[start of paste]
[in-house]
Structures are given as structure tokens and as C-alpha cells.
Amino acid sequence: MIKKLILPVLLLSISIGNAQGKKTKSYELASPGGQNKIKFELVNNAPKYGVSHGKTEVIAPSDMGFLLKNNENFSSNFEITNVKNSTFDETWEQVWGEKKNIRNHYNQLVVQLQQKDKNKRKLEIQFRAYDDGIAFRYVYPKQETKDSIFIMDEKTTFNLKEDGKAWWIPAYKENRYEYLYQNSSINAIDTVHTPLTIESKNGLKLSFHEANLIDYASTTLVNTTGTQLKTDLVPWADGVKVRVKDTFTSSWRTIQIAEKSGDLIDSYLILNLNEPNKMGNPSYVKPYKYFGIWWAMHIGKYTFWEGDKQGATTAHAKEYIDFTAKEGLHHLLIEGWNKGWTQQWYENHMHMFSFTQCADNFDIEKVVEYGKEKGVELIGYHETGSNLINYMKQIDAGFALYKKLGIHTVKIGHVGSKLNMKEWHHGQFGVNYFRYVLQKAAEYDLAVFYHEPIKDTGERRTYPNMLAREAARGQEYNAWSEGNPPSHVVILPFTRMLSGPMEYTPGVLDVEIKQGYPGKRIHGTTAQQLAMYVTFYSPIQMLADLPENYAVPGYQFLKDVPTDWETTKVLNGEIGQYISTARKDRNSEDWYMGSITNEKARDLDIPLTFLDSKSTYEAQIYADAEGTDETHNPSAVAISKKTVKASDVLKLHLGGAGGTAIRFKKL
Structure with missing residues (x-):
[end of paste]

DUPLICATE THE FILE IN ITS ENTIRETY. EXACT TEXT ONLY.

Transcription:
[in-house]
Structures are given as structure tokens and as C-alpha cells.
Amino acid sequence: MIKKLILPVLLLSISIGNAQGKKTKSYELASPGGQNKIKFELVNNAPKYGVSHGKTEVIAPSDMGFLLKNNENFSSNFEITNVKNSTFDETWEQVWGEKKNIRNHYNQLVVQLQQKDKNKRKLEIQFRAYDDGIAFRYVYPKQETKDSIFIMDEKTTFNLKEDGKAWWIPAYKENRYEYLYQNSSINAIDTVHTPLTIESKNGLKLSFHEANLIDYASTTLVNTTGTQLKTDLVPWADGVKVRVKDTFTSSWRTIQIAEKSGDLIDSYLILNLNEPNKMGNPSYVKPYKYFGIWWAMHIGKYTFWEGDKQGATTAHAKEYIDFTAKEGLHHLLIEGWNKGWTQQWYENHMHMFSFTQCADNFDIEKVVEYGKEKGVELIGYHETGSNLINYMKQIDAGFALYKKLGIHTVKIGHVGSKLNMKEWHHGQFGVNYFRYVLQKAAEYDLAVFYHEPIKDTGERRTYPNMLAREAARGQEYNAWSEGNPPSHVVILPFTRMLSGPMEYTPGVLDVEIKQGYPGKRIHGTTAQQLAMYVTFYSPIQMLADLPENYAVPGYQFLKDVPTDWETTKVLNGEIGQYISTARKDRNSEDWYMGSITNEKARDLDIPLTFLDSKSTYEAQIYADAEGTDETHNPSAVAISKKTVKASDVLKLHLGGAGGTAIRFKKL
Structure with missing residues (x-):